What are the Symptoms of a Stroke?

The warning signs of a stroke can vary depending on which part of the brain is affected. Some common symptoms include:

Sudden weakness or paralysis on one side of the body. You may develop sudden one-sided numbness, weakness, or paralysis in the face, arm, or leg. Try to raise both your arms over your head at the same time. If one arm begins to fall, you may be having a stroke. Also, one side of your mouth may droop when you try to smile.

Difficulty speaking or understanding speech. You may experience confusion, slur words, pain in the jaw, or find it difficult to understand what others are saying.

Trouble seeing in one or both eyes. You may suddenly have blurred or blackened vision in one or both eyes, or you may see double. If you experience this issue often, it’s best to consult an ophthalmologist in your area.

Sudden severe headache. This is accompanied by dizziness or disorientation, leading to loss of consciousness.

Impaired mobility. You may stumble or lose your balance. You may also have sudden dizziness or a loss of coordination.


How do you know if you’re having a Stroke?

If you are experiencing any of the symptoms of a stroke, it is important to seek medical attention right away. The sooner a person receives treatment for a stroke, the more likely they are to make a full recovery.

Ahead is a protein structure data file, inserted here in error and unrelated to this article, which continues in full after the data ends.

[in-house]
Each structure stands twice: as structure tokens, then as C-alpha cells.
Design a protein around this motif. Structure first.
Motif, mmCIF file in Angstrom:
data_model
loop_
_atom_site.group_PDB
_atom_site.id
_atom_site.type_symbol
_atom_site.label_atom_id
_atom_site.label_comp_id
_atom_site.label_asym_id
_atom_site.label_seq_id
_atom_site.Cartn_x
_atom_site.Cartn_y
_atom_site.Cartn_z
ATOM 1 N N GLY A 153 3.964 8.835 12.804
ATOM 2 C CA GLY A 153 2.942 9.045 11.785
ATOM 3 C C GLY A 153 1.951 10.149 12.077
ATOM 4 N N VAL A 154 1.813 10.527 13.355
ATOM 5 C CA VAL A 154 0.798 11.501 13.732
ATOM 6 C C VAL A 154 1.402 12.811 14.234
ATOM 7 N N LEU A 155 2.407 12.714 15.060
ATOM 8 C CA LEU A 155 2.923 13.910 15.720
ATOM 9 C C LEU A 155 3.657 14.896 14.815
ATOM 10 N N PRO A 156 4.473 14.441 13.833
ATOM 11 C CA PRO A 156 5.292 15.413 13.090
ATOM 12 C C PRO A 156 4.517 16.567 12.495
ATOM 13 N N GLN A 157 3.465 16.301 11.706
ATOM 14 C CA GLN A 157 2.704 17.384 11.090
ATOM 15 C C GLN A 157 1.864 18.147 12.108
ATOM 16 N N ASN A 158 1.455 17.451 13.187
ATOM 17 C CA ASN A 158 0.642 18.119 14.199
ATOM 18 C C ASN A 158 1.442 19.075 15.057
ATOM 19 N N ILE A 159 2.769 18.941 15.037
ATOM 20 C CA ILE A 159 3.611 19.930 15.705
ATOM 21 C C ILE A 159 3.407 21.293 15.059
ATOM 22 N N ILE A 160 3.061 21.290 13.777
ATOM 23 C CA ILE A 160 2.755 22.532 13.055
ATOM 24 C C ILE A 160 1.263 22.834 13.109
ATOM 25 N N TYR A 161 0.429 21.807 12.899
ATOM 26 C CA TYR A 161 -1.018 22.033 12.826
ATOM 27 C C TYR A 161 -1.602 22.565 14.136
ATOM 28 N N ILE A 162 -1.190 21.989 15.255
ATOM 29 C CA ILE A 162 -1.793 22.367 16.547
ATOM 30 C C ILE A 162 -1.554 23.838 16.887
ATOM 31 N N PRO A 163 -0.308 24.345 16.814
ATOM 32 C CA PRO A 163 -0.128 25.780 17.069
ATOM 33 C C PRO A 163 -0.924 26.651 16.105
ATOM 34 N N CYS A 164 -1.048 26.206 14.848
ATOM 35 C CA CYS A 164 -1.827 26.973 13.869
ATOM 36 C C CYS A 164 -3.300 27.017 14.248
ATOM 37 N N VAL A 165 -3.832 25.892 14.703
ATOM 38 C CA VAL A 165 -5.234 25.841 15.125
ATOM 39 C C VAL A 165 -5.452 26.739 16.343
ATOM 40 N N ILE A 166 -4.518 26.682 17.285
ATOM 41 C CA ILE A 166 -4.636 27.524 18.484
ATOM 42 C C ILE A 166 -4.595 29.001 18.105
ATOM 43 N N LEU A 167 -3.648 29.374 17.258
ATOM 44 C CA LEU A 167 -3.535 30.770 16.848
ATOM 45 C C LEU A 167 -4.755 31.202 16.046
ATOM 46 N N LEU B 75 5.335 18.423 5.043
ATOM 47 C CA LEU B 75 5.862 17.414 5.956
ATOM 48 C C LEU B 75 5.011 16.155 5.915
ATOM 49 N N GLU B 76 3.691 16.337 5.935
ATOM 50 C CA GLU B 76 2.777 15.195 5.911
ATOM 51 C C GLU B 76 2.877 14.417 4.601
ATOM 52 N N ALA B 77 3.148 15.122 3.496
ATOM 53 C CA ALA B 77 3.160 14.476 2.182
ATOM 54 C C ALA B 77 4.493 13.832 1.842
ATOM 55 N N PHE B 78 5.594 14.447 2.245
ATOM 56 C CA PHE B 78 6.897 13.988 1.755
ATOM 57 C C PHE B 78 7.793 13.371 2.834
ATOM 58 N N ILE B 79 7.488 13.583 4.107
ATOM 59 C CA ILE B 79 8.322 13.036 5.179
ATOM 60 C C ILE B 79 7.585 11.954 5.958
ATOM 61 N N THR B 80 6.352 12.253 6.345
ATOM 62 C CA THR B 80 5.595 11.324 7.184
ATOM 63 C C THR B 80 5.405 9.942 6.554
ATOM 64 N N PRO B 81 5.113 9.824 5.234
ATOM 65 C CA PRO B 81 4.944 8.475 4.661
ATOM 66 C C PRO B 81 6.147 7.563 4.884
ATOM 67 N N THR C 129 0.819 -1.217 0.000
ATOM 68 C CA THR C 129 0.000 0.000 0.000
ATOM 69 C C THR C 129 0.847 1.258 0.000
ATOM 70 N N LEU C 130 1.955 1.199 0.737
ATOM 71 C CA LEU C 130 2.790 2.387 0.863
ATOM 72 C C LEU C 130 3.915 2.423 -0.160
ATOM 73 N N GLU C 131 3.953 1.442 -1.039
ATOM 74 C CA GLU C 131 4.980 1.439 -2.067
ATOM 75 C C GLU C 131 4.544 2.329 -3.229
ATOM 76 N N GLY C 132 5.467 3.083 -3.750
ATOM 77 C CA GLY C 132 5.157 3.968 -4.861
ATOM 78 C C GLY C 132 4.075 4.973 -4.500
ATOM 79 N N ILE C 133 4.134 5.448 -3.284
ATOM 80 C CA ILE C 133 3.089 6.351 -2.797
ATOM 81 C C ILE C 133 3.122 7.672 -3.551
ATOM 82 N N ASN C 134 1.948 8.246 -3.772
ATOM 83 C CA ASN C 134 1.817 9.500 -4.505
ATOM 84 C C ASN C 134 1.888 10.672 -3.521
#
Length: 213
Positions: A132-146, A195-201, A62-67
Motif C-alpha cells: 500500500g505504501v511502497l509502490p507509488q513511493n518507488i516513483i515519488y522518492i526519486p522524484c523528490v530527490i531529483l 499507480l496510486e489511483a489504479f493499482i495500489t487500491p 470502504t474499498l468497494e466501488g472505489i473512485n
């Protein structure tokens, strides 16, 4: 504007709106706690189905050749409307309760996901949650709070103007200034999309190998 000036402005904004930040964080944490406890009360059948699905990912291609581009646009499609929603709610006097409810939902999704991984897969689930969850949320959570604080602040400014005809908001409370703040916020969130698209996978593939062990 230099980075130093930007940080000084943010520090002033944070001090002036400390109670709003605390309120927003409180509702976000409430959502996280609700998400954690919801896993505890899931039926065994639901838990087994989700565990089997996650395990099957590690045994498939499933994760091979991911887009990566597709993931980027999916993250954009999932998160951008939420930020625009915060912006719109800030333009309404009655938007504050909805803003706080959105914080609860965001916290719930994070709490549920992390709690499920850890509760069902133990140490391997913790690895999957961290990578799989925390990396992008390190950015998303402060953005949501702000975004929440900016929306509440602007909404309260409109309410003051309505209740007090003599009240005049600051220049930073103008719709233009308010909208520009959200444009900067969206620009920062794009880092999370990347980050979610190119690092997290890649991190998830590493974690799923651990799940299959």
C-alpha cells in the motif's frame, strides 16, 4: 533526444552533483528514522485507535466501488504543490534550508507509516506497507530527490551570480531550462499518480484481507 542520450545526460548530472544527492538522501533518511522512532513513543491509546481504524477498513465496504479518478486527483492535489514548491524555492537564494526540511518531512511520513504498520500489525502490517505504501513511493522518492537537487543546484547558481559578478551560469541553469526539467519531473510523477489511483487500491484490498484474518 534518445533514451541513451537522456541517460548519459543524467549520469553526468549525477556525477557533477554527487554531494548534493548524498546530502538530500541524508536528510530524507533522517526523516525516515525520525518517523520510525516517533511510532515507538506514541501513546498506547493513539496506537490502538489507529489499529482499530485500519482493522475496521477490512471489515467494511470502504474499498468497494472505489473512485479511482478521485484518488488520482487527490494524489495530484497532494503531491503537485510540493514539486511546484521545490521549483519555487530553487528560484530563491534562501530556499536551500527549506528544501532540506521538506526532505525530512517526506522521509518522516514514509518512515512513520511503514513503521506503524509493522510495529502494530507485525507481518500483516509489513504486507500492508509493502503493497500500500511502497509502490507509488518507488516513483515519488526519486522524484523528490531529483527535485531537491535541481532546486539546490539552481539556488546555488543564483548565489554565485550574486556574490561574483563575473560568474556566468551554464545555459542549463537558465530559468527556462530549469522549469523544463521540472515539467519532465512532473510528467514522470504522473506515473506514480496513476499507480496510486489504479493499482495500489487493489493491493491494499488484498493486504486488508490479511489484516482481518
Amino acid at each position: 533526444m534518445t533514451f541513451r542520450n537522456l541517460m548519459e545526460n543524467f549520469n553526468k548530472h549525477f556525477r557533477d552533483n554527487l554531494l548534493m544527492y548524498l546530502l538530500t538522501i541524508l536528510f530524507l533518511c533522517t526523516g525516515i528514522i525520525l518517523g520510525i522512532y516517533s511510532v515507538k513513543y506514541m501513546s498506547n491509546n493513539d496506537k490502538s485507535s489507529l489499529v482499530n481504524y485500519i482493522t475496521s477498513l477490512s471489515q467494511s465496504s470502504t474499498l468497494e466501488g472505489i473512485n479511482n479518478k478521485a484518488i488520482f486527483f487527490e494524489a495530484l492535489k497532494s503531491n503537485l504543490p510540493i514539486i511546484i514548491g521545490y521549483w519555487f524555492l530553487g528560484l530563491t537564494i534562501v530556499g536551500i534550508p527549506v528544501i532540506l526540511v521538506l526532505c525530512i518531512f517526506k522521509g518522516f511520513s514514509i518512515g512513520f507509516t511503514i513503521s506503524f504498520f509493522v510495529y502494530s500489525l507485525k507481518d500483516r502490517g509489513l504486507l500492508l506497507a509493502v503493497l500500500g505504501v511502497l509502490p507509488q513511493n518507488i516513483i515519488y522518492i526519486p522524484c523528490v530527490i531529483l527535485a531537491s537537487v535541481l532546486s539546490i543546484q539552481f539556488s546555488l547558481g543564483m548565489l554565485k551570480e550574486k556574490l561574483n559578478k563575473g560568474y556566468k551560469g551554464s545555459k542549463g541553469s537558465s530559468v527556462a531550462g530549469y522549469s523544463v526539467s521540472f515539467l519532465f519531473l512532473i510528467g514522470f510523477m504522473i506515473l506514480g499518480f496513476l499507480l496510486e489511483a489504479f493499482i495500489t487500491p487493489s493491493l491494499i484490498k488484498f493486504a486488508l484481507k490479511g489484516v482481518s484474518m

There are several ways to tell if you are having a stroke. Think FAST:

Face: Try to smile while looking in the mirror. If you see that one side droops, it may be a sign that something is wrong.

Arms: Lift both your arms at the same time and keep them raised for quite some time. If one arm falls involuntarily as if you’re losing control over it, you may be having a stroke.

Speech: say a phrase a couple of times and ask someone to listen to your speech. If it becomes slurred and inaudible, call for help immediately.

Time: Make sure that once you experience any of these symptoms, or observe these in a friend or family member, contact your doctor or go straight to the hospital immediately.


What to do if you Think you’re having a Stroke?

If you think you’re having a stroke, it’s important to seek medical attention right away. The sooner you receive treatment for a stroke, the more likely you are to make a full recovery.

Prompt treatment is key to preventing the following outcomes:

  • brain damage
  • long-term disability
  • death

It’s better to be overly cautious when dealing with a stroke, so don’t be afraid to get emergency medical help if you think you recognize the signs of a stroke.


How Strokes are Treated

There are a few ways to treat a stroke, depending on the severity of the stroke and the symptoms. Some common treatments for disease control include:


There are a number of medications that can help to break up blood clots and restore blood flow to the brain. Thrombolytic drugs can break up blood clots in your brain’s arteries, which still stop the stroke and reduce damage to the brain.

One such drug, tissue plasminogen activator (tPA), or Alteplase IV r-tPA, is considered the gold standard in ischemic stroke treatment.

This drug works by dissolving blood clots quickly.

People who receive a tPA injection are more likely to recover from a stroke and less likely to have any lasting disability as a result of the stroke

Surgery and other procedures